Baby boomers still remember the days when cents-off coupons were snipped out of fliers and periodicals. Now, the digital age has made couponing much easier for both consumers and marketers.
The marketing technique tends to be especially efficient and effective when conducted online. After all, customers still love the idea of getting a good deal; studies show, for example, that 73 percent of American women have printed coupons from websites, while 53 percent of U.S. consumers have used sites such as Groupon or Living Social. Another study shows the number of people using digital coupons rose 58 percent, to more than 61 million customers, between 2010 and 2014 alone.
Marketers see the methodology as a great way to attract and engage with both existing and new customers. Perhaps best of all, coupon marketing doesn’t have to be expensive, though it often involves factoring in lost revenues from the offers themselves.
Consider how these tips may help you when forming couponing strategy:
– Be clear on your goals before you begin. Are you trying to attract new clientele? Motivate current customers to buy more? Target a specific audience? Go head to head with a competitor’s offer? The beauty of working online is that hyper-targeting is eminently possible.
– Research shows printers of digital coupons tend to be young, educated and affluent, making the medium ideal if your goal is initiating relationships with lifelong customers. But follow-up discounts will likely be required to achieve loyalty.
– Keep your offers as easy-to-understand as possible to eliminate confusion. In general, expiration dates should be 21 to 30 days after an offer is extended; that denotes urgency while giving consumers enough time to react.
– To determine how much to offer with your coupon, consider what competitors are doing and be aware of how much you can discount (for how long) without seriously undercutting profits. A good starting point for getting customers’ attention is an offer of 20 percent off. As a rule of thumb, larger discounts work better to attract new customers, while subsequent offers can be more modest. Ideally, the sales volume you achieve over time will easily offset lesser profit margins.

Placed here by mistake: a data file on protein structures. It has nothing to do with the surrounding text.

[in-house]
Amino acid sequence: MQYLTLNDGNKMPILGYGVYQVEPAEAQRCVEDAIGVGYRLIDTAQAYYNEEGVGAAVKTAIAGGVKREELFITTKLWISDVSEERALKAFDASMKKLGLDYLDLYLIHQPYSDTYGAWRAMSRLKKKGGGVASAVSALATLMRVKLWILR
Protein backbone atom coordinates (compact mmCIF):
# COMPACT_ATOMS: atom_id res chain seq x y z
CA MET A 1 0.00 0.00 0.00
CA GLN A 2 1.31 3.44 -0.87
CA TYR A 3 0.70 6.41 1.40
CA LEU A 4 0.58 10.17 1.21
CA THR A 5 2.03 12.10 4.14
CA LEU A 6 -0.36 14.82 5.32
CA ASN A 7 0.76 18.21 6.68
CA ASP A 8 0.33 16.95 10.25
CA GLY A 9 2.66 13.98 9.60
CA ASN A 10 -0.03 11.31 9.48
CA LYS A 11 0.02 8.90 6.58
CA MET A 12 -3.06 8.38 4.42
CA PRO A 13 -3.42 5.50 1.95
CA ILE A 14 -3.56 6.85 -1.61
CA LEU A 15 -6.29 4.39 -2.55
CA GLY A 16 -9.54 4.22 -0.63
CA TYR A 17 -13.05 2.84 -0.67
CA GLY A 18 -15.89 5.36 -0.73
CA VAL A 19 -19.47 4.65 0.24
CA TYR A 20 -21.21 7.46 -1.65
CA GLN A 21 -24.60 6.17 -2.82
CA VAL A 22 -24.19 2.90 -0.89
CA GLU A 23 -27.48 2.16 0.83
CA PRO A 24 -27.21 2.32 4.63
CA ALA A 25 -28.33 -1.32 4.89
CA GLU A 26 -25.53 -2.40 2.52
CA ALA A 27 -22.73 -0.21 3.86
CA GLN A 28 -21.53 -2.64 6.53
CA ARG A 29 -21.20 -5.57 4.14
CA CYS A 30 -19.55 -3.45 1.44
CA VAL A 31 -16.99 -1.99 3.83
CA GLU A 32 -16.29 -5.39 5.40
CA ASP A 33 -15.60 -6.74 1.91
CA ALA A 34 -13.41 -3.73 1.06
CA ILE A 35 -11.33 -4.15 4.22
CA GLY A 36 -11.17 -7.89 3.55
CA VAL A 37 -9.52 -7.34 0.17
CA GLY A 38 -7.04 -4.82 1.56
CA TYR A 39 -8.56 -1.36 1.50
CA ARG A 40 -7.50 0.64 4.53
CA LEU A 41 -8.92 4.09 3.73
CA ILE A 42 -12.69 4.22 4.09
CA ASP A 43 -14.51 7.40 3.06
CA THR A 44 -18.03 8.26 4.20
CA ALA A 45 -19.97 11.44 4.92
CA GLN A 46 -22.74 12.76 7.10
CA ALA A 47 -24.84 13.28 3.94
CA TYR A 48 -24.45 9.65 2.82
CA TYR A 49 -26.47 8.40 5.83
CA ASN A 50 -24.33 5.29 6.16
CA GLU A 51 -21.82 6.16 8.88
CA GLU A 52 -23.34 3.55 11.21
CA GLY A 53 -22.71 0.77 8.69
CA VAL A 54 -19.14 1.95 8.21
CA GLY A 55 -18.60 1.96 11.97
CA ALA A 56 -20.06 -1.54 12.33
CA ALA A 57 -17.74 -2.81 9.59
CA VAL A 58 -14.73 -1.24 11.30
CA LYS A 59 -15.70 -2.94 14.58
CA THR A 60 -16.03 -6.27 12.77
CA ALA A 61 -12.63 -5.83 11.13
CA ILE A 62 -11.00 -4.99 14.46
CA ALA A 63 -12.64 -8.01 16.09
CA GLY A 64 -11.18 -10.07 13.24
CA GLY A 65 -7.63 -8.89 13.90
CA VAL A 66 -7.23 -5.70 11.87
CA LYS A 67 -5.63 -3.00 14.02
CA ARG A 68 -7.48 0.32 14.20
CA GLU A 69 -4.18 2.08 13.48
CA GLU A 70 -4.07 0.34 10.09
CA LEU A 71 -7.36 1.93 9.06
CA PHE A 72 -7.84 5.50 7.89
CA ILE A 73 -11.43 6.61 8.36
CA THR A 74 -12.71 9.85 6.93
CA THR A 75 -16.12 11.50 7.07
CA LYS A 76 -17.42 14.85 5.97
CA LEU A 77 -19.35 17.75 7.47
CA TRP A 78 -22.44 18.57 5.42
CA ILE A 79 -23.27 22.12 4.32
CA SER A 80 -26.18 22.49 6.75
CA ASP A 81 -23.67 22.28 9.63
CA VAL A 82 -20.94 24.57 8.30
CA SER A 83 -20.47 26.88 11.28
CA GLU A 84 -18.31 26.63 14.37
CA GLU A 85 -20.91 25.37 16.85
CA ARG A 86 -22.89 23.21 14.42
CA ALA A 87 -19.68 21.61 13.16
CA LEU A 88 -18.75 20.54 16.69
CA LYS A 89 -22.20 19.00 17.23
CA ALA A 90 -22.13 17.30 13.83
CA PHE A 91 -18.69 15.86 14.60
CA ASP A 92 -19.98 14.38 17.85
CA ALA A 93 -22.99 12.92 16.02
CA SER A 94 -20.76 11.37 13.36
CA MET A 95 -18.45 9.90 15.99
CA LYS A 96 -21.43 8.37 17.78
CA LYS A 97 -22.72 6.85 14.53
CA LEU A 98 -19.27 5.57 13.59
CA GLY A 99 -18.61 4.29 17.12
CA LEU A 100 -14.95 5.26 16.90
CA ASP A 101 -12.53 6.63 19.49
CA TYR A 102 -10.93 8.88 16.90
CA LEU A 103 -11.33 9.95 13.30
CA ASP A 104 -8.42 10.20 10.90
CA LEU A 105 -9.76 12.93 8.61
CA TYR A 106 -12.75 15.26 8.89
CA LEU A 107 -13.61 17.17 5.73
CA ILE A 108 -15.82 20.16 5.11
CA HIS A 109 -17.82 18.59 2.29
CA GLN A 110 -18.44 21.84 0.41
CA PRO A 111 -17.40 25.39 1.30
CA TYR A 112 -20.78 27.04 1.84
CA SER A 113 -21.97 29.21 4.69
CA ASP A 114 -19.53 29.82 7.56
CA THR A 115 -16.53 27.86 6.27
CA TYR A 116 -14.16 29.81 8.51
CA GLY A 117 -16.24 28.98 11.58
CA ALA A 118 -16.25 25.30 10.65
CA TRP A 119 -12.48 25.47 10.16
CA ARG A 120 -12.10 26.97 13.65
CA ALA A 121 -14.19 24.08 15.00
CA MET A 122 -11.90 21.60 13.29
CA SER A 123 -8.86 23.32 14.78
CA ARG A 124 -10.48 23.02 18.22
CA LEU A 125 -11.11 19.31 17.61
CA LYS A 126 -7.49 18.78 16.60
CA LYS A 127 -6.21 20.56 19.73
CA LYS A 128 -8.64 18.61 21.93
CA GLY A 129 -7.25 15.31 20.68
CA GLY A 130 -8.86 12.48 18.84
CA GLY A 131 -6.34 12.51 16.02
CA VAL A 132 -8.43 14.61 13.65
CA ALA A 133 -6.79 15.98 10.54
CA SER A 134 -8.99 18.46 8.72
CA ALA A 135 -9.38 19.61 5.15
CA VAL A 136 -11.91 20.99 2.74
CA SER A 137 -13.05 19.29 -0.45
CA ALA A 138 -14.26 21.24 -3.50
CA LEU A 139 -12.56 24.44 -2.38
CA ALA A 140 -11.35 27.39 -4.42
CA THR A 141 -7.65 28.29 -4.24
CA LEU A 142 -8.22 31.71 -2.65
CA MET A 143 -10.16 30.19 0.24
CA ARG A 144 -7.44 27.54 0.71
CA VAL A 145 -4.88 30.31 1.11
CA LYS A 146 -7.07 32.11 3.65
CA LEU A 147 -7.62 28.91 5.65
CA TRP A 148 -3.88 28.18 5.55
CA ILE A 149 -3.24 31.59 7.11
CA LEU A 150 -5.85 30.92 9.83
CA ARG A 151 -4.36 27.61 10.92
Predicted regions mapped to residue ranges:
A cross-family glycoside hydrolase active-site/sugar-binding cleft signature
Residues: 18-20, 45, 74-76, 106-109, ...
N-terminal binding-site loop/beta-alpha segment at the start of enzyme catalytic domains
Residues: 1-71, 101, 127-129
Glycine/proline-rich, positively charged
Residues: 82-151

– Storewide coupons typically perform better than singular-item coupons.
– Choose optimal keywords in the copy appearing on your coupon to take full advantage of customers seeking deals on either your company or the product you’re promoting.
– Consider offering different but complementary offers on your digital and print coupons, which may be targeted toward different audiences.
– Options include distributing your coupons yourself via your website, social media or email campaigns; contracting with a nationwide coupon site such as Groupon; working with a local site such as Coupons.com, or posting on a free-of-charge site such as RetailMeNot.com. The disadvantage of free sites? They’re less likely to reach customers that are new to you.
– Conduct research to determine which coupon sites are good fits with your company and products. Think about investing in promotional services offered by such sites, including email, blogging, social media and/or display ads.
– Look into affiliate marketing through couponing sites, but read the fine print to ensure the deal protects your best interests in terms of commissions.
– Offline distribution methods include self-mailed postcards, coupons printed in periodicals or co-op programs such as Valpak that mail out packs of coupons from multiple vendors.
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